Communicating cancer treatment information using the Web: utilizing the patient’s perspective in website development
- Author: Hopmans, Damman, Timmermans, Haasbeek, Slotman & Senan
- Journal: BMC Medical Informatics and Decision Making
- Issue: 14
Online cancer information can support patients in making treatment decisions. However, such information may not be adequately tailored to the patient’s perspective, particularly if healthcare professionals do not sufficiently engage patient groups when developing online information. We applied qualitative user testing during the development of a patient information website on stereotactic ablative radiotherapy (SABR), a new guideline-recommended curative treatment for early-stage lung cancer.
We recruited 27 participants who included patients referred for SABR and their relatives. A qualitative user test of the website was performed in 18 subjects, followed by an additional evaluation by users after website redesign (N = 9). We primarily used the ‘thinking aloud’ approach and semi-structured interviewing. Qualitative data analysis was performed to assess the main findings reported by the participants.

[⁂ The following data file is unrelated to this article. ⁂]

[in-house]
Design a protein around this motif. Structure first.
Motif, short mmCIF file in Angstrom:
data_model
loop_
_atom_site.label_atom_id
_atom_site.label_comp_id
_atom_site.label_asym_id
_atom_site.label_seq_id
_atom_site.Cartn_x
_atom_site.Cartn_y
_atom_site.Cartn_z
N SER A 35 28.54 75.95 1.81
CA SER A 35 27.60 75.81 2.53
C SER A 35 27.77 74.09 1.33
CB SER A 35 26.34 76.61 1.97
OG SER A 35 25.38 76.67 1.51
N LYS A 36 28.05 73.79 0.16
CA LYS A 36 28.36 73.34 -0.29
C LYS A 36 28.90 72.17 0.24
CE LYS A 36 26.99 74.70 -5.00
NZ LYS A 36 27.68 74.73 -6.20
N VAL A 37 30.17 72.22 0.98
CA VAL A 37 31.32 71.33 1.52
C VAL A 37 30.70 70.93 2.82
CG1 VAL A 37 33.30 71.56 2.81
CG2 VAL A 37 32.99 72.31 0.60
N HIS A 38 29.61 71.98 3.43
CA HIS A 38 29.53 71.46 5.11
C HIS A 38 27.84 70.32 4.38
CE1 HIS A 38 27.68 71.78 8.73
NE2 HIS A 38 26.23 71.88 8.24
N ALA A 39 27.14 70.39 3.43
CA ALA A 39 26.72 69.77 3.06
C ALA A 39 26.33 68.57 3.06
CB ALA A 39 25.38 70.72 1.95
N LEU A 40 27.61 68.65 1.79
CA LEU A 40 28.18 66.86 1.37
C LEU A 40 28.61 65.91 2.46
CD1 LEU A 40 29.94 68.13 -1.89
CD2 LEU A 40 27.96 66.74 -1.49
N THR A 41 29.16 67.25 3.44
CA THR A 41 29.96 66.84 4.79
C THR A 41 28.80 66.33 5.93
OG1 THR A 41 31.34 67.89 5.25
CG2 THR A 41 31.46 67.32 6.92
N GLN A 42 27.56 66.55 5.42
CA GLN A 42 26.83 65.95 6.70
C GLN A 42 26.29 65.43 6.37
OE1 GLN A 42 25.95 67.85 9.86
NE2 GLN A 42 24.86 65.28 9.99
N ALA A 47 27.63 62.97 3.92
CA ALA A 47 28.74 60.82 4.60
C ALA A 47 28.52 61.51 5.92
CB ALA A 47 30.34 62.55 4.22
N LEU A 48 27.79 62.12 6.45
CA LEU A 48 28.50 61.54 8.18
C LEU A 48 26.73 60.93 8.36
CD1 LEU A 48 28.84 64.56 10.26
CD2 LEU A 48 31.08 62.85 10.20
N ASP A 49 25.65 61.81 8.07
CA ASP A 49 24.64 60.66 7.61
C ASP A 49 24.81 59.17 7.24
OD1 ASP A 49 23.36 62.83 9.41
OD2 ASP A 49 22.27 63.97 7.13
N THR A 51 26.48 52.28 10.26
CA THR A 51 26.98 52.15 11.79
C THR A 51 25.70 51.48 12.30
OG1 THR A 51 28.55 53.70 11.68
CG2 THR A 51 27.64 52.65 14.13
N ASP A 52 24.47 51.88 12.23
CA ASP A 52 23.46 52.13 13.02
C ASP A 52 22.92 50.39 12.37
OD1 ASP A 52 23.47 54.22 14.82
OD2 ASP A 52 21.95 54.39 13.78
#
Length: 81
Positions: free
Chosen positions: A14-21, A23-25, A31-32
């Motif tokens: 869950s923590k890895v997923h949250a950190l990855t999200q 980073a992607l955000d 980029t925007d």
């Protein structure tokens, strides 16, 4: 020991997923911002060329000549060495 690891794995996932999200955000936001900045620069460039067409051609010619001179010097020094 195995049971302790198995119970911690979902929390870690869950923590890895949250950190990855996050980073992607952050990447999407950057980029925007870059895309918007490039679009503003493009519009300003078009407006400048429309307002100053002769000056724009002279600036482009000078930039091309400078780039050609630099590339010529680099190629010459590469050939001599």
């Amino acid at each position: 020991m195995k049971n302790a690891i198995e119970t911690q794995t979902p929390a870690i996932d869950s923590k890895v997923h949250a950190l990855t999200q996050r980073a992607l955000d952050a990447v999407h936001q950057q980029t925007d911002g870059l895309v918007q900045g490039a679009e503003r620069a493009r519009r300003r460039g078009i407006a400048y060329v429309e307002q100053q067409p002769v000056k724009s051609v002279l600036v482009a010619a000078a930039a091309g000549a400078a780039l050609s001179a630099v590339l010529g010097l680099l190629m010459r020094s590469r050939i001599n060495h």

Study participants preferred receiving different information that had been provided initially. Problems identified with the online information related to comprehending medical terminology, understanding the scientific evidence regarding SABR, and appreciating the side-effects associated with SABR. Following redesign of the website, participants reported fewer problems with understanding content, and some additional recommendations for better online information were identified.
Our findings indicate that input from patients and their relatives allows for a more comprehensive and usable website for providing treatment information. Such a website can facilitate improved patient participation in treatment decision-making for cancer.